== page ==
September 30, 2015

Restoring Freedom of Contract between Doctor and Patient in Medicare Part B

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In the five decades since the enactment of Medicare, the federal government has increasingly restricted the freedom of doctors and Medicare-eligible patients to contract privately for supplemental or alternative health services. Today physicians face sharply below-market payments from Medicare, stringent price controls, increased regulations, and at times incompetent and arbitrary administration by the program’s bureaucracy. As this trend continues, it could drive more doctors away from Medicare, potentially leading to a crisis like that in Medicaid—the health program for low-income people—in which many patients have great difficulty finding doctors willing to treat them.

While some will respond by calling for more rules and limits on nonparticipating physicians, a better solution lies in the opposite approach: providing more flexibility for Medicare patients and their doctors to contract for services free of undue federal regulation.

A new study published by the Mercatus Center at George Mason University describes how such an approach in Medicare Part B—which covers outpatient services such as office visits and preventive care—could enhance doctors’ participation in the program, expand choices for beneficiaries, boost innovation, and make prices more responsive to market forces. Below is a brief summary of this analysis. Please see “Restoring Freedom of Contract between Doctor and Patient in Medicare Part B” to read the entire study and to learn more about its author, David E. Bernstein, the George Mason University Foundation Professor at George Mason University School of Law.

THE GRADUAL EROSION OF FREEDOM TO CONTRACT

Doctors who participate in Medicare Part B can bill the program directly but may not charge anything higher than Medicare-established fees; the patient pays a 20 percent copay. Nonparticipating physicians may collect basic fees from Medicare or from the patient (who is then reimbursed by Medicare), plus a 20 percent patient copay. For roughly the first two decades of the program, Medicare placed no restrictions on any additional charges and services nonparticipating doctors and their patients agreed to.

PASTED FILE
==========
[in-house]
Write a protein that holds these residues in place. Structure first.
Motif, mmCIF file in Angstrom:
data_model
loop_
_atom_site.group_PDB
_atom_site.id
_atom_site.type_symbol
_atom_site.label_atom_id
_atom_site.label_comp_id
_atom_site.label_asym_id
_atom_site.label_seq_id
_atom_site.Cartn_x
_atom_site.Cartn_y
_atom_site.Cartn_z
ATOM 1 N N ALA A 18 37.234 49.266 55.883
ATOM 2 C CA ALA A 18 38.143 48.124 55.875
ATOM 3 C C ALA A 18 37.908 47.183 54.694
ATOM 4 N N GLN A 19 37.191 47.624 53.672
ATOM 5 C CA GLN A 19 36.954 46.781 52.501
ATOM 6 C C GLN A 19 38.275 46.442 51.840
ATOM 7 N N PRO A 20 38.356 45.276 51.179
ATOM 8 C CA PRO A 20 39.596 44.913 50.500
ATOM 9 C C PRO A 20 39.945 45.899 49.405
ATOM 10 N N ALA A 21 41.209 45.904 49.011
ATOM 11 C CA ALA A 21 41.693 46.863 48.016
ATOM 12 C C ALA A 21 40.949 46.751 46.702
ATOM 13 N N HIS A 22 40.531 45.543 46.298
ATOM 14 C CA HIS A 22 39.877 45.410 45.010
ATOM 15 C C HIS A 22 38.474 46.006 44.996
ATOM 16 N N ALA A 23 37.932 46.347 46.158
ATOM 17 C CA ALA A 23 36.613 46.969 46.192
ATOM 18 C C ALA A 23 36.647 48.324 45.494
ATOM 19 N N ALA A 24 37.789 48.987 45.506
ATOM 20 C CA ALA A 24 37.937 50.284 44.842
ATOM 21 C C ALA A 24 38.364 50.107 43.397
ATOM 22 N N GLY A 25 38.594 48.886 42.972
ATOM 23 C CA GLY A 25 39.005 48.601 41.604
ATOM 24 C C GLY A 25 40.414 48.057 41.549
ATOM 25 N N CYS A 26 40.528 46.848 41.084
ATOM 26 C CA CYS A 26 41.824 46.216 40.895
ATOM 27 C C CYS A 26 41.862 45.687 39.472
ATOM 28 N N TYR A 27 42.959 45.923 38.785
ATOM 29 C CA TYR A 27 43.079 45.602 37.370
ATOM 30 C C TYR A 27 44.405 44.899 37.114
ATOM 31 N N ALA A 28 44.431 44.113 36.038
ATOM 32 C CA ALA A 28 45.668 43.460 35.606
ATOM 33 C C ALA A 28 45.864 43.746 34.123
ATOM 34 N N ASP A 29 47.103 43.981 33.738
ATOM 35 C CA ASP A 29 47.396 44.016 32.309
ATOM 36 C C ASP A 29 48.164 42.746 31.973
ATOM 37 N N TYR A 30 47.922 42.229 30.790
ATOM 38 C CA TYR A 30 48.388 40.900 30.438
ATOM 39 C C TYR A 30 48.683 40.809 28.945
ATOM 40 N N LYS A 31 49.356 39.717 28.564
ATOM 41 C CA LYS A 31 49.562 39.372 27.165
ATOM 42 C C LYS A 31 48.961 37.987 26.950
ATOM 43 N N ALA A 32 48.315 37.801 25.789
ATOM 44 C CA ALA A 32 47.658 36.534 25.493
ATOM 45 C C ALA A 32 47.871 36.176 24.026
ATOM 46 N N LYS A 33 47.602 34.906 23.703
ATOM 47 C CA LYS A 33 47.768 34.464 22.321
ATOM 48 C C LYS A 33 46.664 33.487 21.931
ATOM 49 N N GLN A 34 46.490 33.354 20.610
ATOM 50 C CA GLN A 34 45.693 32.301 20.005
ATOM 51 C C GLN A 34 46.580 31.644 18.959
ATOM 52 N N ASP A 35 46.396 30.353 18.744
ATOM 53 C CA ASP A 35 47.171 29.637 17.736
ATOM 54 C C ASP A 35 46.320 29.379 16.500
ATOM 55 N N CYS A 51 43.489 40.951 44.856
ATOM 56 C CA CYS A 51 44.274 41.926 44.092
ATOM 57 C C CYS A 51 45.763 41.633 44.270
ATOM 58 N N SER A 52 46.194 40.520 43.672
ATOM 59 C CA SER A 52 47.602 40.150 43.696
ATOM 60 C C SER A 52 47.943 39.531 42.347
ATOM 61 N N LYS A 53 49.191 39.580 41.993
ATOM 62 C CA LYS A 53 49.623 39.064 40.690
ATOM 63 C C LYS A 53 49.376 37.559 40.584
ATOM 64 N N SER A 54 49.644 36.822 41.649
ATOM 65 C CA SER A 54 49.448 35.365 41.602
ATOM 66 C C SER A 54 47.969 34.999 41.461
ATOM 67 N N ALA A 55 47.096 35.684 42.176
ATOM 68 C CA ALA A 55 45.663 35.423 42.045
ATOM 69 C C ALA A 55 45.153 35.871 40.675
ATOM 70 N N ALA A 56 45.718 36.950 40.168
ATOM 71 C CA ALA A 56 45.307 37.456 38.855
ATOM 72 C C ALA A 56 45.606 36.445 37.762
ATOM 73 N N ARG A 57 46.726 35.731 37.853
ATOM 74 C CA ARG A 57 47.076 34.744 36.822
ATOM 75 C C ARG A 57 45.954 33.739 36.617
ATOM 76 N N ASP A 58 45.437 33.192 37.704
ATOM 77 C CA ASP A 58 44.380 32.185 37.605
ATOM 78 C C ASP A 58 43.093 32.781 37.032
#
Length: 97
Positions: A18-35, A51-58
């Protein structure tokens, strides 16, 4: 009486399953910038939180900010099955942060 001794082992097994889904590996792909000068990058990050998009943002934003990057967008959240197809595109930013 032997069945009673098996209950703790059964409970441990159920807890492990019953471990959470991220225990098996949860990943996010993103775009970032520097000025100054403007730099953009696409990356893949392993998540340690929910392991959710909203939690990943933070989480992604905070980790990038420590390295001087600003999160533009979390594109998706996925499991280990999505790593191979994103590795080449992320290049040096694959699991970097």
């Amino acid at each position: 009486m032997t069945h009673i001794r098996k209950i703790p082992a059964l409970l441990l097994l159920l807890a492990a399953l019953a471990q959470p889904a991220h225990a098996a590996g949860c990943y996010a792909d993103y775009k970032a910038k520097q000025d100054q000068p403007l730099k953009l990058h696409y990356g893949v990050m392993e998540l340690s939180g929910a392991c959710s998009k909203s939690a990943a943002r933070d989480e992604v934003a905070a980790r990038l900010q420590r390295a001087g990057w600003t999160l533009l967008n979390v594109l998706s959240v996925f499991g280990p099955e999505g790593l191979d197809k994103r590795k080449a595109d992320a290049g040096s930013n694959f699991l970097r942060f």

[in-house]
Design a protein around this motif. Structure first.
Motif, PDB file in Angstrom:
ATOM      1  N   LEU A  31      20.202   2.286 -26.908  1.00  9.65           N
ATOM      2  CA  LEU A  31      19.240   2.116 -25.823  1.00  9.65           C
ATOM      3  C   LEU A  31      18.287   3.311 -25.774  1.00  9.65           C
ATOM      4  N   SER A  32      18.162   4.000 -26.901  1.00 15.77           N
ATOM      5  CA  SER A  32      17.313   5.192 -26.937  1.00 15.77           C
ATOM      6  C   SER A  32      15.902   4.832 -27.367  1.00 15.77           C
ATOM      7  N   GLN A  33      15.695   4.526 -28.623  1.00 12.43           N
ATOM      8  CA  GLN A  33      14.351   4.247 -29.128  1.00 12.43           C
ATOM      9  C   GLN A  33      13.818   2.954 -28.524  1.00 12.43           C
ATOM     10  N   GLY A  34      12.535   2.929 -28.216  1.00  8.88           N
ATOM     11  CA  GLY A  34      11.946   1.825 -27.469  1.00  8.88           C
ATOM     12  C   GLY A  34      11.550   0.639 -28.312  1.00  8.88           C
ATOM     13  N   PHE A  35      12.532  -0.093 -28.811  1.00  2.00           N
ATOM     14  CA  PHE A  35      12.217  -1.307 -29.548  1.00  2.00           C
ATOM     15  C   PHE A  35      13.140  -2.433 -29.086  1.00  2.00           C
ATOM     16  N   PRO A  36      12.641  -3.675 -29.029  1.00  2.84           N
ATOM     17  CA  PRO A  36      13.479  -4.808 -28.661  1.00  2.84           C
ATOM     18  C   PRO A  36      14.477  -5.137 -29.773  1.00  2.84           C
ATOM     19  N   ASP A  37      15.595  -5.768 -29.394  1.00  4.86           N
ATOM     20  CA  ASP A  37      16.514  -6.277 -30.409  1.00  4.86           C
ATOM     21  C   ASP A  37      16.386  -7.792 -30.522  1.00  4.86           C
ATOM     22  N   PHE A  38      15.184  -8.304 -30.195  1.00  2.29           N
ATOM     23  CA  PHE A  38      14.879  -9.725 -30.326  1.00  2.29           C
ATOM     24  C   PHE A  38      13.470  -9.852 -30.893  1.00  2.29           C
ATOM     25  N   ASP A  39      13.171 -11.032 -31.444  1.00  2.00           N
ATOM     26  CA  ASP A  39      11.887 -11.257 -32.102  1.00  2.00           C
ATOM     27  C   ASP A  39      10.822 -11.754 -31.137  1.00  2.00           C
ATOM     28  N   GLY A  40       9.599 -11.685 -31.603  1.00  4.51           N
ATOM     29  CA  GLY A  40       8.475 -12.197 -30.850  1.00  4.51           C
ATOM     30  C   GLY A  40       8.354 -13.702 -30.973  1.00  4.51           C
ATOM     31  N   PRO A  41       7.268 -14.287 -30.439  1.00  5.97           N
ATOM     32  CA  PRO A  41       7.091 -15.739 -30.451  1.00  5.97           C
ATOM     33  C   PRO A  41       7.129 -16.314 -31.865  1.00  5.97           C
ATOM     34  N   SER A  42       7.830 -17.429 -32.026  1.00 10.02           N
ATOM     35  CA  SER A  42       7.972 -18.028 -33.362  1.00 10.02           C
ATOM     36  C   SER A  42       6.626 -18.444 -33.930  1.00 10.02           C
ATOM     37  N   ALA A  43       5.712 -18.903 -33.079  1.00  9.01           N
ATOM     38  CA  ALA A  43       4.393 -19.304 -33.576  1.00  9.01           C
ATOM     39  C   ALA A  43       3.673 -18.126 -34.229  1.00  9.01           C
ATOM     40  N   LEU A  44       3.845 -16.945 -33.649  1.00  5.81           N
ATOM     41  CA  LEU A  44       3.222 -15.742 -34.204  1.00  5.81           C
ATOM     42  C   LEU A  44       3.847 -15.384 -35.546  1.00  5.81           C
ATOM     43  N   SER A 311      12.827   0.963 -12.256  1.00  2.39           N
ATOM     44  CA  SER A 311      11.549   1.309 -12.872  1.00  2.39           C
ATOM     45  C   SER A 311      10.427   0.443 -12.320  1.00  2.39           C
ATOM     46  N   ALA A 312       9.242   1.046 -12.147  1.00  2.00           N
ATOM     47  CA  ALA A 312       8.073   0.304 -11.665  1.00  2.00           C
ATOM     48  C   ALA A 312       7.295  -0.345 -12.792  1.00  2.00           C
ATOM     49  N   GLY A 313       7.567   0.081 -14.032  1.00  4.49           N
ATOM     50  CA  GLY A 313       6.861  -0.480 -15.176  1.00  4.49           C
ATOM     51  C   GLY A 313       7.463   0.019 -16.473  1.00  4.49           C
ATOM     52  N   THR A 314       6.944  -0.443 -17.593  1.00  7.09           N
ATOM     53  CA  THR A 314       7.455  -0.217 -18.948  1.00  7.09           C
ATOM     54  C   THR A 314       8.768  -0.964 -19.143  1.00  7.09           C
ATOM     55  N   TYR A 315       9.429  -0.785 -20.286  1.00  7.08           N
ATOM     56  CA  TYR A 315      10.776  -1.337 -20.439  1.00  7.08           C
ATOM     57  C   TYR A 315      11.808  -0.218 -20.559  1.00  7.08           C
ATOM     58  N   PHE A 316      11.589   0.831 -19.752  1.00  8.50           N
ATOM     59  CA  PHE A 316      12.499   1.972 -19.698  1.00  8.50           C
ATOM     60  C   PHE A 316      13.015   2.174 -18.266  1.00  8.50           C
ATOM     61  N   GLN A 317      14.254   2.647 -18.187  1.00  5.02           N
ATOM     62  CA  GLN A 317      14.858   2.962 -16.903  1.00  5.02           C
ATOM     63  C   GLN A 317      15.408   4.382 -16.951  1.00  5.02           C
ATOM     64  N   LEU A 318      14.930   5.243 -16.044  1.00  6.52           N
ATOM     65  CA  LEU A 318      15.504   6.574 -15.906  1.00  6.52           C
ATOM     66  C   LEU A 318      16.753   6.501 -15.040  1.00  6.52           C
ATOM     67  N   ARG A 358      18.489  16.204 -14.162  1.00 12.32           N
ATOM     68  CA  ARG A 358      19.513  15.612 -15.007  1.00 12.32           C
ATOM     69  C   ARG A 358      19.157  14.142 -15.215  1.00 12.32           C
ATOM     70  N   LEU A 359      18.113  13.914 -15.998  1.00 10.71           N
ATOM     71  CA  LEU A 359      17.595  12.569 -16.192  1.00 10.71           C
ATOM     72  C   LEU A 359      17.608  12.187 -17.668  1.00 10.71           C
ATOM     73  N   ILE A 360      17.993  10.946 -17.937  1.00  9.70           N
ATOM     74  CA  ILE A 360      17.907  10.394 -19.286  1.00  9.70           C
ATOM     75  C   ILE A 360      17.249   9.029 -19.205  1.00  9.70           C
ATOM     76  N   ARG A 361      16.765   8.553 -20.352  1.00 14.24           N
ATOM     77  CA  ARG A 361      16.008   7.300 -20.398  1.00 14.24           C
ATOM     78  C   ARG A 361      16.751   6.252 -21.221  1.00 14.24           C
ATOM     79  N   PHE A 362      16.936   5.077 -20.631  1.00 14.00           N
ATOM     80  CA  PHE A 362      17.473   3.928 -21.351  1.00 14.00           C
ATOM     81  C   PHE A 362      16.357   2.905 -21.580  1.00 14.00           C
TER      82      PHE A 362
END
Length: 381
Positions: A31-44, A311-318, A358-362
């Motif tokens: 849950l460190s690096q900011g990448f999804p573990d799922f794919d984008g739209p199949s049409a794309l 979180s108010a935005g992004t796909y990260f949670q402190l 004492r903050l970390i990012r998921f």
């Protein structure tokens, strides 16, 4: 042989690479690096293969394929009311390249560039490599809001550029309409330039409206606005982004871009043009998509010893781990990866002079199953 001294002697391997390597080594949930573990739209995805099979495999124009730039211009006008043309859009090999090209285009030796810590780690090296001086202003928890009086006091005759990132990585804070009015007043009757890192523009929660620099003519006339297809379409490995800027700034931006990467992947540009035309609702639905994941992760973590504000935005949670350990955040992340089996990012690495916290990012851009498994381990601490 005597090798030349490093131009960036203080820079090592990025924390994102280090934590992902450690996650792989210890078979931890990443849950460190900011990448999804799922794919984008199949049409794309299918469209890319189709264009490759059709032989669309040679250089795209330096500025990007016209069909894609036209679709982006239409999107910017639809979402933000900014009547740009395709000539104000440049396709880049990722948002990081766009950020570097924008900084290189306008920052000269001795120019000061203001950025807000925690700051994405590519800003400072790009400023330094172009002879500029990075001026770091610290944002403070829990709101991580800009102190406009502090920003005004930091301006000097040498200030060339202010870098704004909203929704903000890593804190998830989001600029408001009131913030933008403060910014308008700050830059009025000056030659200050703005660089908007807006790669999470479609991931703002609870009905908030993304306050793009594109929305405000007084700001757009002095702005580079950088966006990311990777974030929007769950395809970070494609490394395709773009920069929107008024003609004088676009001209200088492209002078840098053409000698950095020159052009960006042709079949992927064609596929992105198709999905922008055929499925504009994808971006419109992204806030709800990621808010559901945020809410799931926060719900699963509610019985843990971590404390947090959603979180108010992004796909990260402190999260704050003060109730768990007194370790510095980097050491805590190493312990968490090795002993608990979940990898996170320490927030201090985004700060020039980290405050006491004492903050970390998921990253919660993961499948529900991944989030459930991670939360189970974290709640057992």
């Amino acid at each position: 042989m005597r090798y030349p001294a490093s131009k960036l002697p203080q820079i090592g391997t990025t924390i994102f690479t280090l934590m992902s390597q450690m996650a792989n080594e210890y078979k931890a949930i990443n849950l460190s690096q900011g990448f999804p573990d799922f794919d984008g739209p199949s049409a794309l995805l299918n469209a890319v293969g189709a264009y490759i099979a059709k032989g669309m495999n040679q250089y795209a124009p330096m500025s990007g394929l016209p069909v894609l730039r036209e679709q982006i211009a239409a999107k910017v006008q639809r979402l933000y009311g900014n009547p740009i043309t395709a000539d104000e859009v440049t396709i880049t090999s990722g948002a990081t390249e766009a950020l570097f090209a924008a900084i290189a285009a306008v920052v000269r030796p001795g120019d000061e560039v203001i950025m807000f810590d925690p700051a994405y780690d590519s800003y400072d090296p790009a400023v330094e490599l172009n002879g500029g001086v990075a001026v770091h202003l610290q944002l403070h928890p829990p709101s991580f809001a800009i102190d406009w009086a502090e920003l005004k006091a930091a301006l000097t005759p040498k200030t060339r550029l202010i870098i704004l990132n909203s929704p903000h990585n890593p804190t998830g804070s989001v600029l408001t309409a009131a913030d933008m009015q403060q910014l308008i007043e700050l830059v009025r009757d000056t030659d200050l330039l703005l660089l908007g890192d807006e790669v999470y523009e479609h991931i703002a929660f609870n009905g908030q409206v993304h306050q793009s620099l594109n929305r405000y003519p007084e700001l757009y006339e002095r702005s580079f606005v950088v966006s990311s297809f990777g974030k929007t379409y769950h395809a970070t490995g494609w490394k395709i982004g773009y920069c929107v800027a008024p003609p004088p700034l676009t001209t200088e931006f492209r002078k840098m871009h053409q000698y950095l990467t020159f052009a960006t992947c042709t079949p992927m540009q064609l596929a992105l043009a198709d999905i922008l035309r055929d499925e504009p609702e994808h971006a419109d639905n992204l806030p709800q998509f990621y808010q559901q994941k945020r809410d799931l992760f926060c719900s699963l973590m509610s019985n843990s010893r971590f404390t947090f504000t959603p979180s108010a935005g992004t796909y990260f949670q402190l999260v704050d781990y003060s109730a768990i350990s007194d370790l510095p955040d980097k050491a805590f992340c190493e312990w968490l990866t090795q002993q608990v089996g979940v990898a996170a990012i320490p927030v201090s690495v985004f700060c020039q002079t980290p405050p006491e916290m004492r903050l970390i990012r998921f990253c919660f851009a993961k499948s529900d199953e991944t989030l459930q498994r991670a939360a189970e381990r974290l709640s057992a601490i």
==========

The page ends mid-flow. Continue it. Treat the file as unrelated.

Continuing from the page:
Starting in 1984, faced with double-digit increases in Medicare costs, Congress froze physician payments for two years and later imposed new regulations. The combination reduced the inflation-adjusted value of Medicare reimbursements, tempting physicians to become “nonparticipating” so they could try to collect market rates. This led Congress to discourage nonparticipation:

  • New legislation prohibited nonparticipating physicians from charging patients more than a “limiting charge” (or “excess charge”) of 15 percent above Medicare fees.
  • The Balanced Budget Act of 1997 dictates that any doctor who contracts privately with a Medicare enrollee—even if only for one service—has opted out of Medicare and may not receive program reimbursements for two years.
  • Physicians who opt out of Medicare are not free to contract with Medicare-eligible patients without substantial government interference—interference that does not apply to non-Medicare-eligible patients who similarly wish to contract with their doctors. This includes meeting 15 requirements for each contract. Among these requirements, opt-out doctors must make available to the government all private contracts with patients who have not totally opted out of Medicare.

Opt-out physicians who fail to comply with the government’s regulations are penalized by having all their contracts with Medicare-eligible patients voided so they can submit only Medicare-covered items for reimbursement and may not collect any of the fees they contracted for.